The Patriots are trending towards clarity with their quarterback situation heading into Sunday's matchup against the Jets in the Meadowlands.
For the first time since injuring his ankle in Week 3, quarterback Mac Jones is off the injury report after the team practiced inside the field house on Wednesday. According to ESPN's Field Yates, Jones will start vs. the Jets and took "about 90 percent" of the first-team reps at Wednesday's practice.
Although reports indicate Jones will start, head coach Bill Belichick was non-committal before practice at his weekly press conference.
"We'll see how it goes today," Belichick repeated multiple times throughout his availability.
Speaking to reporters on Wednesday afternoon, Jones wouldn't confirm ESPN's report that he will start on Sunday in New York but did reiterate that he feels pretty good physically after playing 18 snaps in Monday night's loss to the Bears at Gillette Stadium.
"Those are things we want to work through as the week goes along," Jones said. "We are going to do the week of practice, and then coach Belichick, just like every other week, is going to tell you what you are doing, and how you have to play the game and what we have to do to win. He's done a good job of being very open with me, and I think that's the most important part."
"I plan to start every game I've ever played in, so whether that was in pee-wee football or third-string at Alabama, I always try to prepare as the starter. You can't really control anything else. I work really hard and put myself in a position to do that. Yes, I think I deserve that [to start]."
At this point, hopefully, the two-quarterback system last week and the uncertainty surrounding who will start each week is a thing of the past. But that doesn't mean Jones's struggles with a more vertical-based passing offense will go away as his high-ankle sprain has this week.
According to Pro Football Focus, Jones leads all quarterbacks in the percentage of throws over 20 air yards (20.4) and is second in average target depth (10.4). For comparison, those rates were 11.3% (20-plus yards throws) and 8.3 yards (average target depth) in his rookie season.
"We want to be able to do that, and we have a great offensive line. We've worked on a bunch of different things, but it's ultimately finding what we are comfortable with, what works, gets yards, and scores points. Just trying to work through that and get there."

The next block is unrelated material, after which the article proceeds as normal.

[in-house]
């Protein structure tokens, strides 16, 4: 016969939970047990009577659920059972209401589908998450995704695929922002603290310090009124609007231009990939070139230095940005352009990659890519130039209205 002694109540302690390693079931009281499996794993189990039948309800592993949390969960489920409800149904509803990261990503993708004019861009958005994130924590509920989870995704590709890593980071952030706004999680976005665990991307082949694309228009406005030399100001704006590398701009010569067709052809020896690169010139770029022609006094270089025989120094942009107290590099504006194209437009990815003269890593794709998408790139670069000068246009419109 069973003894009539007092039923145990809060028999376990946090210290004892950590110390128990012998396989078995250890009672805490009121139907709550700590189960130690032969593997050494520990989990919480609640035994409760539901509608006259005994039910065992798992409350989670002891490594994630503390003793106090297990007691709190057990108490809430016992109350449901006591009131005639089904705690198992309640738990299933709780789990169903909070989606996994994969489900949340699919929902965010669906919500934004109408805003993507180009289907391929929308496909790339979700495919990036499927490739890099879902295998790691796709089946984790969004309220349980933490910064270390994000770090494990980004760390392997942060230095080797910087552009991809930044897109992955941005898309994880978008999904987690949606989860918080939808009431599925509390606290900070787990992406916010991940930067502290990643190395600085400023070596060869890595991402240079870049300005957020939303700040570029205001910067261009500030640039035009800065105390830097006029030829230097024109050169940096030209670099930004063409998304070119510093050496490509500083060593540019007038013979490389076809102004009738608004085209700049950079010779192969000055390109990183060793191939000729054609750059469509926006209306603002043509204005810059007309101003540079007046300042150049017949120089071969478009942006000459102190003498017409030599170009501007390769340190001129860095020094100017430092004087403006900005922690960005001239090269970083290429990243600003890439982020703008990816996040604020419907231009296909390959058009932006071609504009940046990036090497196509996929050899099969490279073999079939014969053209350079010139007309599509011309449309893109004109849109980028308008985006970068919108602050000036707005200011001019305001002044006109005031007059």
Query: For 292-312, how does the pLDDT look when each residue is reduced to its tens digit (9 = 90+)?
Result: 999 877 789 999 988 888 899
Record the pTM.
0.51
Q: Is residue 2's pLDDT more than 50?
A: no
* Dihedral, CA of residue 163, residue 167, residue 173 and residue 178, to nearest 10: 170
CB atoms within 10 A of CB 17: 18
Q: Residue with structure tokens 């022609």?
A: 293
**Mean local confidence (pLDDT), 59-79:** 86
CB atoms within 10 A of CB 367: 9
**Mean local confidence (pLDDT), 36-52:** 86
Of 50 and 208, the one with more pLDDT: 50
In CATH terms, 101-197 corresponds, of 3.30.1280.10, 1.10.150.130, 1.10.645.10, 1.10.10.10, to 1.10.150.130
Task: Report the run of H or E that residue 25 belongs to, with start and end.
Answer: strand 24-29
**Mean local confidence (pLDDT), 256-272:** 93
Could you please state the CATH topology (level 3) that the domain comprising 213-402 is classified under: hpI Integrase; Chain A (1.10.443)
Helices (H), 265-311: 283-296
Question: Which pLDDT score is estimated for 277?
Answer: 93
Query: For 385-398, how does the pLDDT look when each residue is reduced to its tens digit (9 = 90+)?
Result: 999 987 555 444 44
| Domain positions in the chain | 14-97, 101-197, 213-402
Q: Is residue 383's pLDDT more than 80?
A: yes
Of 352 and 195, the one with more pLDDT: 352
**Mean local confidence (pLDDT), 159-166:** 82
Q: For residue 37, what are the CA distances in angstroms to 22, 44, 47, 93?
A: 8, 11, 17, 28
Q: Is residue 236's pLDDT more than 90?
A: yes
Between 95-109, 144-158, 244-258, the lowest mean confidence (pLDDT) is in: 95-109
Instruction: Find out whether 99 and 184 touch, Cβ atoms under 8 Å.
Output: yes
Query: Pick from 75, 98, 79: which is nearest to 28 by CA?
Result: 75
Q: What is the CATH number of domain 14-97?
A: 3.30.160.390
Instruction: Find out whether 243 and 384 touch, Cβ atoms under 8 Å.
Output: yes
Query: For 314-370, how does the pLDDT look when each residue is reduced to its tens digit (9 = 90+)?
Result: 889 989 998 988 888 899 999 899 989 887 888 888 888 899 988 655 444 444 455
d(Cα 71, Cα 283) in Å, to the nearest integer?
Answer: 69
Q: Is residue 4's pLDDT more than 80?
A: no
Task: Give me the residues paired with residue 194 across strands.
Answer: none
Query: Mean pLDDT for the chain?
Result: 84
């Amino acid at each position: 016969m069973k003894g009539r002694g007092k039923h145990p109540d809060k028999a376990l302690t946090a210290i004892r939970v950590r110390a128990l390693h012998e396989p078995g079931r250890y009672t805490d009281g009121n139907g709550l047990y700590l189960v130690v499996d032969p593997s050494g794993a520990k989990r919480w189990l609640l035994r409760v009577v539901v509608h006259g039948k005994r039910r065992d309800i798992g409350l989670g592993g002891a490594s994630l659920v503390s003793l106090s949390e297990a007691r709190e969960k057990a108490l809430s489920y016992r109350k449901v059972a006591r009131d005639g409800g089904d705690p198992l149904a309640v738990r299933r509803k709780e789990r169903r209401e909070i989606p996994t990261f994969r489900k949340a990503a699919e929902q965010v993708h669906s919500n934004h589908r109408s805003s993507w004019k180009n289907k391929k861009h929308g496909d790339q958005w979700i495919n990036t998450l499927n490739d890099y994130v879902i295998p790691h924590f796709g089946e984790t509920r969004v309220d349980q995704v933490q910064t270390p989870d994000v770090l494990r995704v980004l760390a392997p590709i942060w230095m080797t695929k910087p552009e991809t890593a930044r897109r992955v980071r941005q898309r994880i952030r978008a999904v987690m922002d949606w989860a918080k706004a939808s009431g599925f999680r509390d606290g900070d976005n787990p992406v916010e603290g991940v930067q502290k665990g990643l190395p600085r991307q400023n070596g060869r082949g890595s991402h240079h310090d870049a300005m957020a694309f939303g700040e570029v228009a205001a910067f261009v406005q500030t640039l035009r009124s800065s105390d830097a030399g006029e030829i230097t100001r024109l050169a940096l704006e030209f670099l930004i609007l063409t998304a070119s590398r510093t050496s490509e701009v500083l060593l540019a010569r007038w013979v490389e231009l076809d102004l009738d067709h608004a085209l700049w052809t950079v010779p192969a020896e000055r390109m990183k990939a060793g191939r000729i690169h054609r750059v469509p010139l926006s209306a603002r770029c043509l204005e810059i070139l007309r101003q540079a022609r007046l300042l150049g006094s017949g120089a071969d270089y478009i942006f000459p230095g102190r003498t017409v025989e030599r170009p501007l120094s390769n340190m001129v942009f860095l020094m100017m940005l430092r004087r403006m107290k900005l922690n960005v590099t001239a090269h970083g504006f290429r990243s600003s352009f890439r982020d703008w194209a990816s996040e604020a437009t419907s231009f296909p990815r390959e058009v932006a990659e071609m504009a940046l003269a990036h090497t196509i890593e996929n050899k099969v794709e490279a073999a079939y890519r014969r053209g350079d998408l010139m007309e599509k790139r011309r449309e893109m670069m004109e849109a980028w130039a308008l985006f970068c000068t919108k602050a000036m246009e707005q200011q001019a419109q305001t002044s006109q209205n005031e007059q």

"They've done a great job explaining things and showing clips and things like that. It's been very fun to learn from coach Patricia, obviously Joe Judge, and coach Belichick. They provide great insight, and I've learned a lot. I'm going to continue to learn from them and guys on the team who may have run those things in the past or have familiarity with stuff like that," Jones told Patriots.com.
With more downfield throws comes the reward of ten completions on deep passes, but with that comes risk, and Jones has a league-high interception rate of 5.8% (six INTs). The Patriots second-year quarterback acknowledged that he needs to make better decisions with the ball.
"Obviously, I need to do a better job of that on a lot of plays, whether it's throwing the ball away or just surviving the play. We want to have those explosive plays. Yes, by percentage, those throws might not be as high. But I think we have really good skill players that can go and make those plays, and I think that's something that is good to know that we have."
As the Patriots continue their preparations for a red-hot Jets team riding a four-game winning streak, New York's defense is ascending rapidly in most statistical categories. The Jets are now tenth in Football Outsiders' DVOA metric and second in expected points added since Week 4.
Things are trending towards the Pats giving a now healthy Jones his starting job back, which makes sense given the larger sample size of good football he has compared to rookie Bailey Zappe.
However, it won't get easier with a trip to the Meadowlands, and if Mac is the long-term answer at quarterback, New England needs to find more balance offensively.